The 'parent loan' can yield a mother lode of savings
By JEFF LAZERSON / CONTRIBUTING COLUMNIST
It was July 30, 2015. My favorite (and only) son and I drove 11 exhausting hours in monsoon-like conditions from the OC to Tucson. We were on a mission to move him to more affordable quarters ahead of his third year fall classes at the University of Arizona.
It was his last night at his former tri-level apartment. After my son tucked me in on the very top level bedroom, I lay awake, staring at the ceiling. I started awfulizing about the attic on the other side of the ceiling.
It was close to midnight. I quietly called my wife and asked her if she thought this was a taste of what’s to come: Being locked in the attic in our golden years because we’d need our son to house us and he would have no other place to put us.
On a more serious note, too many families face a big challenge of finding affordable accommodations to house their parents; those parents that simply cannot afford to go it alone. And, living with you may not be ideal, attic or not.
Fannie Mae offers a little known, very useful loan program nicknamed the parent loan that allows children to buy a home to shelter their parents, putting as little as 5 percent down.
Orange County maximum loan limits for one unit go up to $625,500. The bonus here is cheaper, owner-occupied pricing and significantly less down payment compared to buying a rental property for the folks. Rentals minimally require 15 percent down and a higher interest rate of at least one-quarter percent.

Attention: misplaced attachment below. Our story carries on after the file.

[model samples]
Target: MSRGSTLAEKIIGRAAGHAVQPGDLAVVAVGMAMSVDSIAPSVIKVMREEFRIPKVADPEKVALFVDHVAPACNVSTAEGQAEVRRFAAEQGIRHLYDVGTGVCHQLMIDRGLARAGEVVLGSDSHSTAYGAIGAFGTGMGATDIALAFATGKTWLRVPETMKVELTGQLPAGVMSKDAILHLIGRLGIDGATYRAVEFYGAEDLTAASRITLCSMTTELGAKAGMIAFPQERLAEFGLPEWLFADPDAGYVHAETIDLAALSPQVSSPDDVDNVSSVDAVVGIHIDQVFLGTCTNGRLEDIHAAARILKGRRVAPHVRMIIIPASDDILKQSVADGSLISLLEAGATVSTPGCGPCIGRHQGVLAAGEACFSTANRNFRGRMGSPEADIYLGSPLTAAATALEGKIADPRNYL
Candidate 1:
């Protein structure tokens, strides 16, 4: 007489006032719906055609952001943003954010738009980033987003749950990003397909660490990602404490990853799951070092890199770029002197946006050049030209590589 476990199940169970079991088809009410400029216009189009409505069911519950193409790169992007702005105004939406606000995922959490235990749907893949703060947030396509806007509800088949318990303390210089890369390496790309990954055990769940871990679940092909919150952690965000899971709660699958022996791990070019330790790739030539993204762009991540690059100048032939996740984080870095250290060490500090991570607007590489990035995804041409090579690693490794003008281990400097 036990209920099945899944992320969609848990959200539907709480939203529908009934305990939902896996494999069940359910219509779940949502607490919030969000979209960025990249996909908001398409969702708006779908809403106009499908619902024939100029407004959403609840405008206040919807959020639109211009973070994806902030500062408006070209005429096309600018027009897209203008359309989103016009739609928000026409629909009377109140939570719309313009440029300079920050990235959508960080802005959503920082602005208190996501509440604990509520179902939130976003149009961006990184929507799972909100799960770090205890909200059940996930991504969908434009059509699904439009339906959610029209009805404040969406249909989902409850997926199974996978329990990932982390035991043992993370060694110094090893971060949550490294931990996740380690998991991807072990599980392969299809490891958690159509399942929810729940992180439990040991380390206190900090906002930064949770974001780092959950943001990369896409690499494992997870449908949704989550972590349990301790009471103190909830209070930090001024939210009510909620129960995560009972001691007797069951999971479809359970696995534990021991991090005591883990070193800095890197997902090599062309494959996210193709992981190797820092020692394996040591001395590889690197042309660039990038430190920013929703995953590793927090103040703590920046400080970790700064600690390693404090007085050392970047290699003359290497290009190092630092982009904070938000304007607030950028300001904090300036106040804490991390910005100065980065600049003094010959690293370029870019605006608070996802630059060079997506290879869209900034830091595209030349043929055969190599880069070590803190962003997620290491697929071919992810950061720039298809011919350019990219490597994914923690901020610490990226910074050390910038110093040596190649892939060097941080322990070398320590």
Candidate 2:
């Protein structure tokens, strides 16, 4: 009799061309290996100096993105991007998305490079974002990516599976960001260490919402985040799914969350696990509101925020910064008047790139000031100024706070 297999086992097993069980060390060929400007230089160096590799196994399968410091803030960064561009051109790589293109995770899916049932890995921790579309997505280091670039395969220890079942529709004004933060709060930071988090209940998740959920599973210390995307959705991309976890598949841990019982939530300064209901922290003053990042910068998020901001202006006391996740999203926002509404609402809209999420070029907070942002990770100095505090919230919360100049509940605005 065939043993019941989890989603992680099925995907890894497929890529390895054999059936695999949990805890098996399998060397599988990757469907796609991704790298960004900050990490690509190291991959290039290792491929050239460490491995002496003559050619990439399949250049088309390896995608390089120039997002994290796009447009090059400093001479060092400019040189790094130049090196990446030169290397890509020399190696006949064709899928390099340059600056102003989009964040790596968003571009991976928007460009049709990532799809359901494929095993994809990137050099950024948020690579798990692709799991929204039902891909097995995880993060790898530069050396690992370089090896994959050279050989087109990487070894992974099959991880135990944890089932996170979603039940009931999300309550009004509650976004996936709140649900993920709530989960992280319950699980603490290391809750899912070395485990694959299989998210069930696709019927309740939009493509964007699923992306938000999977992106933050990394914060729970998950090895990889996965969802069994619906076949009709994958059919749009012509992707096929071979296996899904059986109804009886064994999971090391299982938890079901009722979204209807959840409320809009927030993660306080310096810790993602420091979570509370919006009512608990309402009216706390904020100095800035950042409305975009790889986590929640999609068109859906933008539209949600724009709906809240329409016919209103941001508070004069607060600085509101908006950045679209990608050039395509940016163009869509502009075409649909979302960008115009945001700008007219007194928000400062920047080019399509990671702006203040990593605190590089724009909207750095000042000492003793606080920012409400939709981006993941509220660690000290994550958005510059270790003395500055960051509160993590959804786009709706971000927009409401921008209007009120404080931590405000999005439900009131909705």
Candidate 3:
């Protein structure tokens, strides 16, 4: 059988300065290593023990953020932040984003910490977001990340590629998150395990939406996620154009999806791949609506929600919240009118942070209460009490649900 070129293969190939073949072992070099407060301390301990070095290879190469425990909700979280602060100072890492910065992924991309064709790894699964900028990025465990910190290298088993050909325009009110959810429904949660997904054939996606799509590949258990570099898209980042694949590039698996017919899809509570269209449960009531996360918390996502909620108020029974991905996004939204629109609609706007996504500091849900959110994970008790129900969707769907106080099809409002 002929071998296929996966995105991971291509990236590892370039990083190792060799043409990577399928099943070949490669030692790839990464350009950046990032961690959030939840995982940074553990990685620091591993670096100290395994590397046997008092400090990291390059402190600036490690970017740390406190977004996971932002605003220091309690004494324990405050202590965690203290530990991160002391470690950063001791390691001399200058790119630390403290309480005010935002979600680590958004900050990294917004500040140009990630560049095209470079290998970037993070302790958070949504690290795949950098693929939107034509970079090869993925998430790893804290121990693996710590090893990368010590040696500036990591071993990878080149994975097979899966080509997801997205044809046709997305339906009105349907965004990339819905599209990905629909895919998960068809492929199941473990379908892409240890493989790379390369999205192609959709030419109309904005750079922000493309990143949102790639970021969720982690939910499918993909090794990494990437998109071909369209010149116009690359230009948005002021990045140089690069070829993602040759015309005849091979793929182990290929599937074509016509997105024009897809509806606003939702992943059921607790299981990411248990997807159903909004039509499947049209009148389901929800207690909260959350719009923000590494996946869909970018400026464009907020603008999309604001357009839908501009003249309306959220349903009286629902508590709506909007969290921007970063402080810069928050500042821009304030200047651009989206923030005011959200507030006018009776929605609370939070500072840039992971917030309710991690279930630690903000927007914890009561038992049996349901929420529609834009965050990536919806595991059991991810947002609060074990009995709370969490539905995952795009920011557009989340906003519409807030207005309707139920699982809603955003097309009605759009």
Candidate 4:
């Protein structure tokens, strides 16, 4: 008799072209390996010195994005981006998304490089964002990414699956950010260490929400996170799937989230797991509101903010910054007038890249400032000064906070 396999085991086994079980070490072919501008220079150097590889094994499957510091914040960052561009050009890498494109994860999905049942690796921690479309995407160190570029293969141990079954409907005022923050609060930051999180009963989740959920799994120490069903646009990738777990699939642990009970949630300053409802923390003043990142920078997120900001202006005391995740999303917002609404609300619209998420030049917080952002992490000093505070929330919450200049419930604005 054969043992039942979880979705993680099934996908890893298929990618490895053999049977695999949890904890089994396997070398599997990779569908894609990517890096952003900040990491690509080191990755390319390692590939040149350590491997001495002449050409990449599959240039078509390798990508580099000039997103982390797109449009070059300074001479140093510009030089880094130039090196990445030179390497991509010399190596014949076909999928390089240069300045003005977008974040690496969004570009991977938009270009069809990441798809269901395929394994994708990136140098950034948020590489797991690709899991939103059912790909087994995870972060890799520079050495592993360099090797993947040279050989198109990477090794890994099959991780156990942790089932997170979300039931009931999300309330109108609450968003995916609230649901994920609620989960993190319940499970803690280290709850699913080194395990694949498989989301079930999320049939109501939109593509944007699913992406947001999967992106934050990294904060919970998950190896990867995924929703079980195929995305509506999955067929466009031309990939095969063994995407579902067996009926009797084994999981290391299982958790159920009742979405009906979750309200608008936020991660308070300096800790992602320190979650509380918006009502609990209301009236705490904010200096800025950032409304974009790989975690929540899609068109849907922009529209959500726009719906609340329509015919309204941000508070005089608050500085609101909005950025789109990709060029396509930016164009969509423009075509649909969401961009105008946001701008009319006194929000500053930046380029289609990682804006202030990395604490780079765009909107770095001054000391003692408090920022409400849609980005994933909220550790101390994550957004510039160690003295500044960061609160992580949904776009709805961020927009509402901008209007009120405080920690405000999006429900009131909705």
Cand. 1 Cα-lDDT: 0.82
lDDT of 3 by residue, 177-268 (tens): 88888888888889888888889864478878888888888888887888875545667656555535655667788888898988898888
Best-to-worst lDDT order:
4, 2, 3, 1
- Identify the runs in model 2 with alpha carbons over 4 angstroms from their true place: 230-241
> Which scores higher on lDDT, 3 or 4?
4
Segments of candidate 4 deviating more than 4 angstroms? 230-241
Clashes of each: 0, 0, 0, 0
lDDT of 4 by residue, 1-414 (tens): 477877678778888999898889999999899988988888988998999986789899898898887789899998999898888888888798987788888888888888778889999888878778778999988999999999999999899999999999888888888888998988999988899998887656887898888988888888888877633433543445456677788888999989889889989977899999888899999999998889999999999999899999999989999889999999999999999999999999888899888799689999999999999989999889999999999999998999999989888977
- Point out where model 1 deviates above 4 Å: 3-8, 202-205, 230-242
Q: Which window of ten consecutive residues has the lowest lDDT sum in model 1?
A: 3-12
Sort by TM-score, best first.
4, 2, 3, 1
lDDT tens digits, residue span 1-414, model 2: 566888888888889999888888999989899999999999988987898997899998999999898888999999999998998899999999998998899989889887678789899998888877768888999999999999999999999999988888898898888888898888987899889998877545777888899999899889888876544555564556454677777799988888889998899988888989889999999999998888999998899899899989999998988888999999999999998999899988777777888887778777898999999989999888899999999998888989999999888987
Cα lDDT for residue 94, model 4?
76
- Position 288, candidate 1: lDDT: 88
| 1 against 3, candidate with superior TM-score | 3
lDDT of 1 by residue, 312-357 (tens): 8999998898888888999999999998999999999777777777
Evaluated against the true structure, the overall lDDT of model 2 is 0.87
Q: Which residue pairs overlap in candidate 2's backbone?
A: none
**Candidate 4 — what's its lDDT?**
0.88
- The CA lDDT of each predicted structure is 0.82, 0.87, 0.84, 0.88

The occupying parents do not have to be on title with the qualifying kids. You will have to prove through tax returns and the like that your parents cannot qualify on their own.
Here’s an example: Recently I arranged parent financing for the son of a recently retired Orange County homeowner. This parent sold her home to move closer to her son, daughter-in-law and grandchildren 200 miles to the north.
Because she had too little retirement income and a poor credit report, she could not qualify for the home loan. She gifted the proceeds of her Orange County home to her son for the down payment.
It’s always a good idea to consider and compare all of the pros and cons of this parent loan or renting a place for the folks. For example, if they are going downhill physically or mentally, an apartment or assisted living might be a better choice.
This loan program is common for adult children purchasing property for their parents in 55 and over communities.
Parents or legal guardians wanting to provide housing for their physically handicapped or developmentally disabled adult child are also eligible for this principal residence pricing, according to the Fannie Mae website.
If you have questions or comments, please contact Jeff Lazerson by clicking here.
Jeff Lazerson - Mortgage Columnist since 2011